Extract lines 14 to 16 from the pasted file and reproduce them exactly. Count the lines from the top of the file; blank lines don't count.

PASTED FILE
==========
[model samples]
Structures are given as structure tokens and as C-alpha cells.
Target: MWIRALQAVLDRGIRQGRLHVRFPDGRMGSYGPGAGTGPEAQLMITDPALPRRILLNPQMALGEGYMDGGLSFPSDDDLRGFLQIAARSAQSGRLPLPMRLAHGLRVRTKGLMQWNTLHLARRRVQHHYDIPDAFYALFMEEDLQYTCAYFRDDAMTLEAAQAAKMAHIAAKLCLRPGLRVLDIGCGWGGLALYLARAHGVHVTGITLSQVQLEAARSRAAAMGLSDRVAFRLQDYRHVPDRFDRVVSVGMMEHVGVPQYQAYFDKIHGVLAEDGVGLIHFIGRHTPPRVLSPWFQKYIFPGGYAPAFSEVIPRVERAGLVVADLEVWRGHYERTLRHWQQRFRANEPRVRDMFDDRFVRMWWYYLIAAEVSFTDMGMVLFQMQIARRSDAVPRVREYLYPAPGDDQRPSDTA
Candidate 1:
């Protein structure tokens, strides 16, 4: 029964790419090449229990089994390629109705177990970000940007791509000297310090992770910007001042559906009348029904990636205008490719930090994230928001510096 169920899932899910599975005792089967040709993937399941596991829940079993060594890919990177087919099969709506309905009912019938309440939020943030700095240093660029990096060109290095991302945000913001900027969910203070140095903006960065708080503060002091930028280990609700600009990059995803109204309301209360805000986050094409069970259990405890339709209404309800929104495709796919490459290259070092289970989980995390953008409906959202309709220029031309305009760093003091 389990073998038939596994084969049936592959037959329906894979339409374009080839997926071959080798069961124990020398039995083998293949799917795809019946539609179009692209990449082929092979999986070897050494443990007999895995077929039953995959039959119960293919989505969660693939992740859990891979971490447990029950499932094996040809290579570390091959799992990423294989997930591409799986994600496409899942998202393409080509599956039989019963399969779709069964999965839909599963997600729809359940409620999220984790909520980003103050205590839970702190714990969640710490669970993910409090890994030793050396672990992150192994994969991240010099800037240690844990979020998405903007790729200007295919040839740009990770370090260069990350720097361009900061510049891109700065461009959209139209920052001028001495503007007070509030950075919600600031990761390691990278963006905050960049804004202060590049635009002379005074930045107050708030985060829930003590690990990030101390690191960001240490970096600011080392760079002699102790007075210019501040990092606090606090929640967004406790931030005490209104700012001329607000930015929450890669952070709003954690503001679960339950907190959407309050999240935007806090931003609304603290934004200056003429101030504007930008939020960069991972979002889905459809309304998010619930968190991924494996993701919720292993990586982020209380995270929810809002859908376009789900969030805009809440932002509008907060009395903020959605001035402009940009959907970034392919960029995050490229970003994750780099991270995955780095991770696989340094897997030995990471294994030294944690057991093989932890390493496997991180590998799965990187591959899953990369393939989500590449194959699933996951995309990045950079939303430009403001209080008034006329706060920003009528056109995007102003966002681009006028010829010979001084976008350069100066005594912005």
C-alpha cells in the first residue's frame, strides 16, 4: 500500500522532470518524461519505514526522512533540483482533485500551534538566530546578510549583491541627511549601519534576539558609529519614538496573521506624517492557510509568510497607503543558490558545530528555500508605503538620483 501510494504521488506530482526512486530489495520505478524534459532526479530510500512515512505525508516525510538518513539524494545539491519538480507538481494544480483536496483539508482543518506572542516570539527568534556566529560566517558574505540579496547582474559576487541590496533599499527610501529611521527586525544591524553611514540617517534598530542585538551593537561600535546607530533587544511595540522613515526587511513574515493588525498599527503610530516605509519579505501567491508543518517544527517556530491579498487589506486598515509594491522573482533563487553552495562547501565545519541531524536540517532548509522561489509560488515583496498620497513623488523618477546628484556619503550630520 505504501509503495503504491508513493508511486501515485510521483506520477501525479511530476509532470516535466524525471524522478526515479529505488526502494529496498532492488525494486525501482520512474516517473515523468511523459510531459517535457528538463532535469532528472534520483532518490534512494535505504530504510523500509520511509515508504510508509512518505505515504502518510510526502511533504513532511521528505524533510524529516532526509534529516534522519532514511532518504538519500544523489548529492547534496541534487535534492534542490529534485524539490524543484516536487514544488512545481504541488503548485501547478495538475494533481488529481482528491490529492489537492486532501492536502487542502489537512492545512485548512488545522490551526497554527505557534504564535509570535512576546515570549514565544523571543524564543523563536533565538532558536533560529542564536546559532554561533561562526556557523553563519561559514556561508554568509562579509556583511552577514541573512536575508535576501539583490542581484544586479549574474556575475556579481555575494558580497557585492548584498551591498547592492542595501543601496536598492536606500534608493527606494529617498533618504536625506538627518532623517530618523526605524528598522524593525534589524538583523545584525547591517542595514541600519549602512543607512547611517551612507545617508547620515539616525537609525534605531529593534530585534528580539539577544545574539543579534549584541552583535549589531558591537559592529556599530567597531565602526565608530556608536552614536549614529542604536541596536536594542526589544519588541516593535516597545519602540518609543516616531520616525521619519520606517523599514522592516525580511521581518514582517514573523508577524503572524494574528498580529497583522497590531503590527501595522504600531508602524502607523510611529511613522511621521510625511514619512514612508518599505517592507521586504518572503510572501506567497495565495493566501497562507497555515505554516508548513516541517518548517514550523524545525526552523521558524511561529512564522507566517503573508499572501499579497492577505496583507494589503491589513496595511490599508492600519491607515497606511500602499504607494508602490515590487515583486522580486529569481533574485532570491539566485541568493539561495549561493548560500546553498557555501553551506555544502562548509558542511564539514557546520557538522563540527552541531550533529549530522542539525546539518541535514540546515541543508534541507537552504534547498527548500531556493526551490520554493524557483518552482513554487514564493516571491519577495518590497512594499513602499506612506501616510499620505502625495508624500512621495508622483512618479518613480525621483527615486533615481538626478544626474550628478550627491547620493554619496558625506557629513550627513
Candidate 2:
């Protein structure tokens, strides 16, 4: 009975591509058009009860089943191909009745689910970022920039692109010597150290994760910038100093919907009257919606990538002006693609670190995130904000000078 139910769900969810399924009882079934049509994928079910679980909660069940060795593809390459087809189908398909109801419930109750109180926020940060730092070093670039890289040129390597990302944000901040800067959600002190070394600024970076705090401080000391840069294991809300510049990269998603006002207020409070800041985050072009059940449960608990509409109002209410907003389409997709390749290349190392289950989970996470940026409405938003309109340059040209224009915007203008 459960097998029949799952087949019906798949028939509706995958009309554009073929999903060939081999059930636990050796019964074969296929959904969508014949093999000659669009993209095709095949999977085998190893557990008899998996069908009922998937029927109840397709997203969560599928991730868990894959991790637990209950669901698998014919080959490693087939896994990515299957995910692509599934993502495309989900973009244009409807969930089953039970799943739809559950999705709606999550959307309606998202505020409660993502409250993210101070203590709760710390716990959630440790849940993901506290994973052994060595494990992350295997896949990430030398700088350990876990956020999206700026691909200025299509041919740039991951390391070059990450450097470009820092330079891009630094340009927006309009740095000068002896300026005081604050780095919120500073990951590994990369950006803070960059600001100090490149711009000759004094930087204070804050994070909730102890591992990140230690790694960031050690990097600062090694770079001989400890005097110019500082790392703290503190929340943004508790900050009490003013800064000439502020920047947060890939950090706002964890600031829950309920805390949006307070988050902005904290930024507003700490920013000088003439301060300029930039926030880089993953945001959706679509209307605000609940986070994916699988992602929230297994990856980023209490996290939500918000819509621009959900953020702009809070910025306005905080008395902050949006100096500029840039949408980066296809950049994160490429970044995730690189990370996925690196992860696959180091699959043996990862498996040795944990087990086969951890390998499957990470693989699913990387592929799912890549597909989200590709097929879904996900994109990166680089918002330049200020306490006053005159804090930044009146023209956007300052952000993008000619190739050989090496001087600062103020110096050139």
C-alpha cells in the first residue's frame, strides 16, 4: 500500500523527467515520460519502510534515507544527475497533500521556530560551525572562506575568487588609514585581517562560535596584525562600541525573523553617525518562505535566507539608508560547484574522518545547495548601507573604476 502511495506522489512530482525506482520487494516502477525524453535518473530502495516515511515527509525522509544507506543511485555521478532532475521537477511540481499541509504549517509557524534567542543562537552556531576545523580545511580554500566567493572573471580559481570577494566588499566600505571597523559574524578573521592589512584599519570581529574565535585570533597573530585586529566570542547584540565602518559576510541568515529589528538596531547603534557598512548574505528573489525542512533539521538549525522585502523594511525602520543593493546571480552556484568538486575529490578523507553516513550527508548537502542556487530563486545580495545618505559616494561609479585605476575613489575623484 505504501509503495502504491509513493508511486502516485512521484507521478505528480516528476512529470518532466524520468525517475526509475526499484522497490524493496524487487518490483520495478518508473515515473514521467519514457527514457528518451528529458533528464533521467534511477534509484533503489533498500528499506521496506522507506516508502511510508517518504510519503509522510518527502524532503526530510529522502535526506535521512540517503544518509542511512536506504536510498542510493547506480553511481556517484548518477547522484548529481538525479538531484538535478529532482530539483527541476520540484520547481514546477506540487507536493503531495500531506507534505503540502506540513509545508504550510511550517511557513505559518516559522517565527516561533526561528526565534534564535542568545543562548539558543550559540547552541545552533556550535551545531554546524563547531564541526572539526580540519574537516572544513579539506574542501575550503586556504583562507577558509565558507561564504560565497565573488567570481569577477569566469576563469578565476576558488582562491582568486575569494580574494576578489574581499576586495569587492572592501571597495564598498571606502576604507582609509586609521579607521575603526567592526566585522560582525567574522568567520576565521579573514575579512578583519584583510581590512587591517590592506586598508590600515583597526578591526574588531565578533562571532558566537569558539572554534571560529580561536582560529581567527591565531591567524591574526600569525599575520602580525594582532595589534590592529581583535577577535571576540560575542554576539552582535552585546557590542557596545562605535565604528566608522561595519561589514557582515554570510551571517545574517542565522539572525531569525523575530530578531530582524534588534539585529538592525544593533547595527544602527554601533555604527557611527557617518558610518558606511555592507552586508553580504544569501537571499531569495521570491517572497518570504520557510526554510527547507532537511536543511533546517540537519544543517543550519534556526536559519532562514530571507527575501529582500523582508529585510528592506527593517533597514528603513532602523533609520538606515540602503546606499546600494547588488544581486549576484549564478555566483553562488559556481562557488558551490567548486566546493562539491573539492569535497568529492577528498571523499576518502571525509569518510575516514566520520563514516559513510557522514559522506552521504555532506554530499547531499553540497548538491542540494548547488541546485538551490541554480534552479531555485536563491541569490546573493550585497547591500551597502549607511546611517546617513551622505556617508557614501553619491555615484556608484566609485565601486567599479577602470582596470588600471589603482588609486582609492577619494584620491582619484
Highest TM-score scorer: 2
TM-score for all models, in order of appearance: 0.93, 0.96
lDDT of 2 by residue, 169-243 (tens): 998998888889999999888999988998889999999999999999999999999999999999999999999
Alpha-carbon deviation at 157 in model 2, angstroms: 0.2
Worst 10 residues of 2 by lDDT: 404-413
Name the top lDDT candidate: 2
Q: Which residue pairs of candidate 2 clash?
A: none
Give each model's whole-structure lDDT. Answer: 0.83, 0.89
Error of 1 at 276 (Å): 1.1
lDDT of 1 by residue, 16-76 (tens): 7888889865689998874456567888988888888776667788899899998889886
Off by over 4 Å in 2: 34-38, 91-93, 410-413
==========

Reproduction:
Worst 10 residues of 2 by lDDT: 404-413
Name the top lDDT candidate: 2
Q: Which residue pairs of candidate 2 clash?